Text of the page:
This here is Spike Lee making the best caper flick he can make with a superb cast, which is pretty good on all fronts. And actually, the cast is a notch better than you’d think, for the following reasons: Denzel Washington does not play Denzel Washington, and Chiwetel Ejiofor is a great actor even if you don’t know who he is. I guess if you do know who he is already, the cast is only half a notch better than you’d think.
Um. Just go see Dirty Pretty Things already. I’ve talked about this before.
So there’s a good cast and there’s a nifty caper. The whole thing is handed to us from the start; when the first thing you see is Clive Owen talking about how the job went, you have a lot of information available. This trend does not end with the first five minutes. I had about 95% of the scheme figured out by the time the final steps were executed, and if I’d been paying close attention I would have had the last five percent. I am so happy to see a movie that plays fair with the audience. Lost, while I love it with a passion, has barely any mystery content at all. It’s all revelations. Inside Man is a puzzle that engages us. Way better that way.
Spike Lee knows how to direct a movie. I had some qualms about the (not unexpected) multi-cultural focus of the first half of the movie; it’s a Spike Lee Joint, so you know what’s coming, and from the first twangy world music hip hop notes of “Chaiyya Chaiyya Bollywood Joint” over the opening credits you know he’s partially just wanting to tell us how rainbow ethnic New York is. Which is both cool and true. But man, it’s a bit of a sledgehammer… and then it kinda vanishes; it’s not what the movie is about. Which is only weird because he goes out of his way to emphasize the theme early.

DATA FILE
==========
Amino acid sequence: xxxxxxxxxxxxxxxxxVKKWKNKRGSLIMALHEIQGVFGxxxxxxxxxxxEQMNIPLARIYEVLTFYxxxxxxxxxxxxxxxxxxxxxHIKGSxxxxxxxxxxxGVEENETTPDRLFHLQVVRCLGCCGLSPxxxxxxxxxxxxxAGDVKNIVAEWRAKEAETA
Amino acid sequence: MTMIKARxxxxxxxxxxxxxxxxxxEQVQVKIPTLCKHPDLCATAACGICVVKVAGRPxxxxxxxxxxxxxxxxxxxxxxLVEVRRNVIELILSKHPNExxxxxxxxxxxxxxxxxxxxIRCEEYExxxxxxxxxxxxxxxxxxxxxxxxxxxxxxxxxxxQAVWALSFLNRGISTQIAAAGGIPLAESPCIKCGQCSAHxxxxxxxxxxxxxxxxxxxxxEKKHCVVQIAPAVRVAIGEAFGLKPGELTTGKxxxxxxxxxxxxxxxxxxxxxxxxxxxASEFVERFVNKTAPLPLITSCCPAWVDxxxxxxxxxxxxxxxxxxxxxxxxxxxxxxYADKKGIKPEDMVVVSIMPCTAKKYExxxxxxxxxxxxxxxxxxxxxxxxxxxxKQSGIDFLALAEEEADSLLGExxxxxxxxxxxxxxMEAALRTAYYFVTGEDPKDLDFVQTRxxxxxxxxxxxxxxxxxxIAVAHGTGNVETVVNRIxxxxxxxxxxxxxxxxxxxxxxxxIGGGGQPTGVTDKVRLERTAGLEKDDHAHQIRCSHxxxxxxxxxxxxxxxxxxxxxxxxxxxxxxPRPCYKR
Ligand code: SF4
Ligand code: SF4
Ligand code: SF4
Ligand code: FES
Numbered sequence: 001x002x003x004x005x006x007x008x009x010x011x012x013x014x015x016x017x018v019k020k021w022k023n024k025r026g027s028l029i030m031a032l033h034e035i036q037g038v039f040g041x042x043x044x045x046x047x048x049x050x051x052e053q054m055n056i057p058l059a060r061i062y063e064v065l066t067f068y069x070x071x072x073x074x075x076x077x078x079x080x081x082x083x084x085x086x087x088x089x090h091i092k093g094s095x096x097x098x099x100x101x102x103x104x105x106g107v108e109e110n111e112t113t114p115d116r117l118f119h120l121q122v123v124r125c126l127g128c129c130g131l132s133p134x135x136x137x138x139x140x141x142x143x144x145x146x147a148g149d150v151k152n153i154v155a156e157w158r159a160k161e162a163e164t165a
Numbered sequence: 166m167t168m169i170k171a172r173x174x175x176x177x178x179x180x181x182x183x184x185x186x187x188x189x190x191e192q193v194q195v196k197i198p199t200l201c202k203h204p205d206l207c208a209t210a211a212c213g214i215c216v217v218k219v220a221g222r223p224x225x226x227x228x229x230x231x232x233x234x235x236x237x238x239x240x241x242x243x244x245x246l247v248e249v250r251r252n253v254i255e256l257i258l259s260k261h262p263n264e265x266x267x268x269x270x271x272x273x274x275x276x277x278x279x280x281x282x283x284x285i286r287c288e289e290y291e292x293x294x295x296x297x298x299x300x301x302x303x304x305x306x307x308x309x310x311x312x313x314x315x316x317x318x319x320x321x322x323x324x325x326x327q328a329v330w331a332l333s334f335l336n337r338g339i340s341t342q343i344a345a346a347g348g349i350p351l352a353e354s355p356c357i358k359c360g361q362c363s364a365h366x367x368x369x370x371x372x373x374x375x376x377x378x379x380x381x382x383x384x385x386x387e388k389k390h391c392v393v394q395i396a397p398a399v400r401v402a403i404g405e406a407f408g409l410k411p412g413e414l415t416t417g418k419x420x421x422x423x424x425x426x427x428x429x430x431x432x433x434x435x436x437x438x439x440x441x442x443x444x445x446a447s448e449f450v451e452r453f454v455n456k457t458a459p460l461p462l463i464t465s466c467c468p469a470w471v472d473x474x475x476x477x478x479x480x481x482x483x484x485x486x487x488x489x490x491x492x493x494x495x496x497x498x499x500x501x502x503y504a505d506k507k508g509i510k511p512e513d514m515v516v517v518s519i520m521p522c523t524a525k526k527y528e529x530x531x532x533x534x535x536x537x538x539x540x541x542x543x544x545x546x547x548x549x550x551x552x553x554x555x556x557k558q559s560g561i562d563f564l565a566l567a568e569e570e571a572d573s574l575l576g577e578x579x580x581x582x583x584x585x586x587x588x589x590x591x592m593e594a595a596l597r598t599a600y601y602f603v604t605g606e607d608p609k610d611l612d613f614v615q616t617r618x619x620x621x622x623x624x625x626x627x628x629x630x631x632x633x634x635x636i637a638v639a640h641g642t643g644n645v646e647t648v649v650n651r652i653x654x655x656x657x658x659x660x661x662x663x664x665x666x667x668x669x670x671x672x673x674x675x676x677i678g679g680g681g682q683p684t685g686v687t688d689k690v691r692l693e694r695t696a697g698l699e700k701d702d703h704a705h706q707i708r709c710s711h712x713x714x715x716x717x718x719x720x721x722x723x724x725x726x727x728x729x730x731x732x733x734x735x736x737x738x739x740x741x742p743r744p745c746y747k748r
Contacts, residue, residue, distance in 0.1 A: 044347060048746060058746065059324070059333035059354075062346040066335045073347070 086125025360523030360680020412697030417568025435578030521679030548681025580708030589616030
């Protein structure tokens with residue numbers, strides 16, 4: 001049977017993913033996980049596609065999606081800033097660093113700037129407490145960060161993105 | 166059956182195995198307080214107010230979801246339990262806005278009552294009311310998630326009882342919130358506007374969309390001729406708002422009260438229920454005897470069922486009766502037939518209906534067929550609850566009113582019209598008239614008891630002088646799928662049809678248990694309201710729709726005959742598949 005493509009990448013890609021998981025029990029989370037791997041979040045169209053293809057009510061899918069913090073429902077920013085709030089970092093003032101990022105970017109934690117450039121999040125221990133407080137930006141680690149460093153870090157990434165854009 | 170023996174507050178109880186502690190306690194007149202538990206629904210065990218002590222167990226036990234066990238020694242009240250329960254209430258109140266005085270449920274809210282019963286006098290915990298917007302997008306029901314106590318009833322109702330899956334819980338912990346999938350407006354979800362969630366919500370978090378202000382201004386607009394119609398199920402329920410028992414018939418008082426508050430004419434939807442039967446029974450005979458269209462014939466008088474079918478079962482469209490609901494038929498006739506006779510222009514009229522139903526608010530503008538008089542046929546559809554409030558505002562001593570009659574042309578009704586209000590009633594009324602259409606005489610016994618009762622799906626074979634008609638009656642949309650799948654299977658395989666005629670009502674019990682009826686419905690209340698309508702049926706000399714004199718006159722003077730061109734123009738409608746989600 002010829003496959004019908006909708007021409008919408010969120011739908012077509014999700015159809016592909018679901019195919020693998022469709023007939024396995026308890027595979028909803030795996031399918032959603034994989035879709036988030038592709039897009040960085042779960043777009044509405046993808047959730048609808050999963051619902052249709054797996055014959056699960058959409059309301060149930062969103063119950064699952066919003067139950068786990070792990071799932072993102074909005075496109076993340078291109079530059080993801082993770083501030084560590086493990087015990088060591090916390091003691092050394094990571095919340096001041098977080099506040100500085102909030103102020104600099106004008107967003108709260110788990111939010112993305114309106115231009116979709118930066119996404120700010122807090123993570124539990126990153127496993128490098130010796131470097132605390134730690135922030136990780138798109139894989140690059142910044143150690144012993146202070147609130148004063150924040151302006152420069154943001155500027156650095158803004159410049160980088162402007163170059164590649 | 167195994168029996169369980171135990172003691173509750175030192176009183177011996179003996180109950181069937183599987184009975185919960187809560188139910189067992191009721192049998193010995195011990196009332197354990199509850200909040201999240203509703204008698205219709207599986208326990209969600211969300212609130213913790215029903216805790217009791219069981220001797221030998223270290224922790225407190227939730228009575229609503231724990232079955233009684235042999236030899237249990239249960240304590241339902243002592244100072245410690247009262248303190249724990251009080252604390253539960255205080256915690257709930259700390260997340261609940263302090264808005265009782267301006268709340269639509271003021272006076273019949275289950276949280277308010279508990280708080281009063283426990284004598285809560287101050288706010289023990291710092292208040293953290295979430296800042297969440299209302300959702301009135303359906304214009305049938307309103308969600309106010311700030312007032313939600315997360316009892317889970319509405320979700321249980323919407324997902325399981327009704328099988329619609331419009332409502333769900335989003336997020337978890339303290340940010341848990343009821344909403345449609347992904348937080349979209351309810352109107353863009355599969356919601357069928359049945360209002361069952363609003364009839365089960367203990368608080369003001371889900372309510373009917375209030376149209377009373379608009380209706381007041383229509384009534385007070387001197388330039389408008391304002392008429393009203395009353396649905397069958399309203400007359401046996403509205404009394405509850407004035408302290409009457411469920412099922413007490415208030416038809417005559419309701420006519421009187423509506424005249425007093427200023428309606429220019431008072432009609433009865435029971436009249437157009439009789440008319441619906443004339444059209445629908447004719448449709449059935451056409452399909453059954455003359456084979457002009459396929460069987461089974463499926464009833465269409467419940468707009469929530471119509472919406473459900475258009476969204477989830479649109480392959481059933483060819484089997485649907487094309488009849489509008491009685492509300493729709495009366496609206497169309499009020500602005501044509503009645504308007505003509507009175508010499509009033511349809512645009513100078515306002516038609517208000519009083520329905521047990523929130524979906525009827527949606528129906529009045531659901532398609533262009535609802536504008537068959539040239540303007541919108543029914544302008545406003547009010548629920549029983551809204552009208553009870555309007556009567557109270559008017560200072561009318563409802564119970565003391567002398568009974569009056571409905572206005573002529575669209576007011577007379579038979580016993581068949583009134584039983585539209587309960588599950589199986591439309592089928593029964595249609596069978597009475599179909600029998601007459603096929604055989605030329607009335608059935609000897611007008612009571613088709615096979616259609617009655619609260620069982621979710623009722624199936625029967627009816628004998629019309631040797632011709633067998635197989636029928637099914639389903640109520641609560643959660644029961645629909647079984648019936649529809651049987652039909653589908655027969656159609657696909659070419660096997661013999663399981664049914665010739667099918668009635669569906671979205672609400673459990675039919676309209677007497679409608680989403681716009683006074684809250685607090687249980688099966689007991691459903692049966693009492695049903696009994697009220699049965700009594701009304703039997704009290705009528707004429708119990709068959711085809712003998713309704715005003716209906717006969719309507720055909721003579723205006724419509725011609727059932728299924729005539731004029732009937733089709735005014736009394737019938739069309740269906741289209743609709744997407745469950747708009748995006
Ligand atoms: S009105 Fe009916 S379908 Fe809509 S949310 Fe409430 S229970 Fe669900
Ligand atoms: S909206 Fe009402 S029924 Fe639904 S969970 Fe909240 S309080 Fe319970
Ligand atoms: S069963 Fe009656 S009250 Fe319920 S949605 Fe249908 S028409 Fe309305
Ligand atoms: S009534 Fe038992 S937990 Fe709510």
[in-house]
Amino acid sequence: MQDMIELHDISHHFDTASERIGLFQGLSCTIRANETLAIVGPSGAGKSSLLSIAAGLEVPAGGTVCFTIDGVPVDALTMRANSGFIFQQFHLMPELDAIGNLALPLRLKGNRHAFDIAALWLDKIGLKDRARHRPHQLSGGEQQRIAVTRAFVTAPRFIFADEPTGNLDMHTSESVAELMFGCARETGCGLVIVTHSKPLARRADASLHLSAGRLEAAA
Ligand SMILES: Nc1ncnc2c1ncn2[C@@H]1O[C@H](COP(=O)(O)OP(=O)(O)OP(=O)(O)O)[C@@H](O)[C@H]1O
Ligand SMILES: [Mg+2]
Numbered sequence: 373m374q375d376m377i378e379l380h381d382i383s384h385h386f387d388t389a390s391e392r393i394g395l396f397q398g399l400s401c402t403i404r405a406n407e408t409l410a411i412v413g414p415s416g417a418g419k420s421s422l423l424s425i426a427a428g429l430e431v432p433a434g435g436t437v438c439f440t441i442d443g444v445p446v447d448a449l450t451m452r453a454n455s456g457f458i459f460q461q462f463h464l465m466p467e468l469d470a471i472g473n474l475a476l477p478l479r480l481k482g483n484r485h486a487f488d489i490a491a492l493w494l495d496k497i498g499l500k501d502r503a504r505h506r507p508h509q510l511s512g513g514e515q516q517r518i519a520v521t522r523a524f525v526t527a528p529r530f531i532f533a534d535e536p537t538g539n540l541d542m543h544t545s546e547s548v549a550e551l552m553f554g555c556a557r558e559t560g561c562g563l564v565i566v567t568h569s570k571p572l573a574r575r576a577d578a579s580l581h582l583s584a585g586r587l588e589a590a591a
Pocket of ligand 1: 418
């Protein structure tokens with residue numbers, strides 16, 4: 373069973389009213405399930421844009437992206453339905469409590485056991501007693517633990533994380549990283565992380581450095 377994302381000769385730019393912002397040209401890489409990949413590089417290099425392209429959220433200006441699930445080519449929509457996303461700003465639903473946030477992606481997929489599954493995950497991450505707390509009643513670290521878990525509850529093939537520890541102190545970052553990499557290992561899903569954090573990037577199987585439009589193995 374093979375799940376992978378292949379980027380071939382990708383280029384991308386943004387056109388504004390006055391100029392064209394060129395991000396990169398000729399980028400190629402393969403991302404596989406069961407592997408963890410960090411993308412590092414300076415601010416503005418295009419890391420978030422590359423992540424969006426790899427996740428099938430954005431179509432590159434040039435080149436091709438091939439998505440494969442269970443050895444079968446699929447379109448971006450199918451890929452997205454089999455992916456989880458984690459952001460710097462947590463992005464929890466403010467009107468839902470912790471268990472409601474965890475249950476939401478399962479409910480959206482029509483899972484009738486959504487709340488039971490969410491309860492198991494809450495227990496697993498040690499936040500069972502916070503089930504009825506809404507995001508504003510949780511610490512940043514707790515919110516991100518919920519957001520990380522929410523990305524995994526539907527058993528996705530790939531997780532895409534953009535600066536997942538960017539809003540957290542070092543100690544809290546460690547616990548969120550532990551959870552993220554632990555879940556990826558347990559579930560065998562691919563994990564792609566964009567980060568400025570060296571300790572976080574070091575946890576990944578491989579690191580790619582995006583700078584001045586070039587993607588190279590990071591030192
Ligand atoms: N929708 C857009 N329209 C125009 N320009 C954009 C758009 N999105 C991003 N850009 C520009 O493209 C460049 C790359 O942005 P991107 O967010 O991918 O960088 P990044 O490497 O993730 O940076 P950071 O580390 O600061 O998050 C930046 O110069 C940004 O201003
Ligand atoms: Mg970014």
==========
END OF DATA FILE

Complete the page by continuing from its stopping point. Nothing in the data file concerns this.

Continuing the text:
On the other hand? Such a minor nit to pick. The guy is so good with a camera and so good with his actors, and I’m very glad he pushed Denzel Washington out of his bad-ass self and into this funky twitchy brilliant detective role. It’s great contrast: Clive Owen (and Jodie Foster, at that) are cerebral planners. Denzel Washington is just smart, so smart he can barely keep himself on track, and plenty smart enough to keep up with the other two. Which is a bit of class consciousness in itself, I think. Jodie Foster’s character is Ms. White? Yeah.
Still reading? There are about to be spoilers.
One of the reasons I’m pretty sure the Washington/Owen/Foster dance was in part a classic Spike Owen discussion of race and class is because you can drop Jodie Foster out of the movie without having any effect at all. Which is a pity, cause it’s such a great role and the character is so fascinating. Sadly, she has no effect on the caper, the outcome of the caper, or Denzel Washington’s career. She functions as a gateway for the movie, allowing us a window into the high class New York which would otherwise be invisible to us (and to Washington). Plotwise, she’s less relevant.
She’s still cool. And I walked out of the theater wanting to know more about her above any of the characters; whence that career? Whence that need for control? She and Washington are in some ways two of a kind, possessed of a slew of non-verbal tics and trademarks. Owen’s the contrast when looked at from that angle: cool, controlled, and meticulous. There are a lot of ways to shake the triangle up: gender, race, mannerisms, legalities, class…
It’s a nice three-sided kaleidoscope. It’s a good movie.
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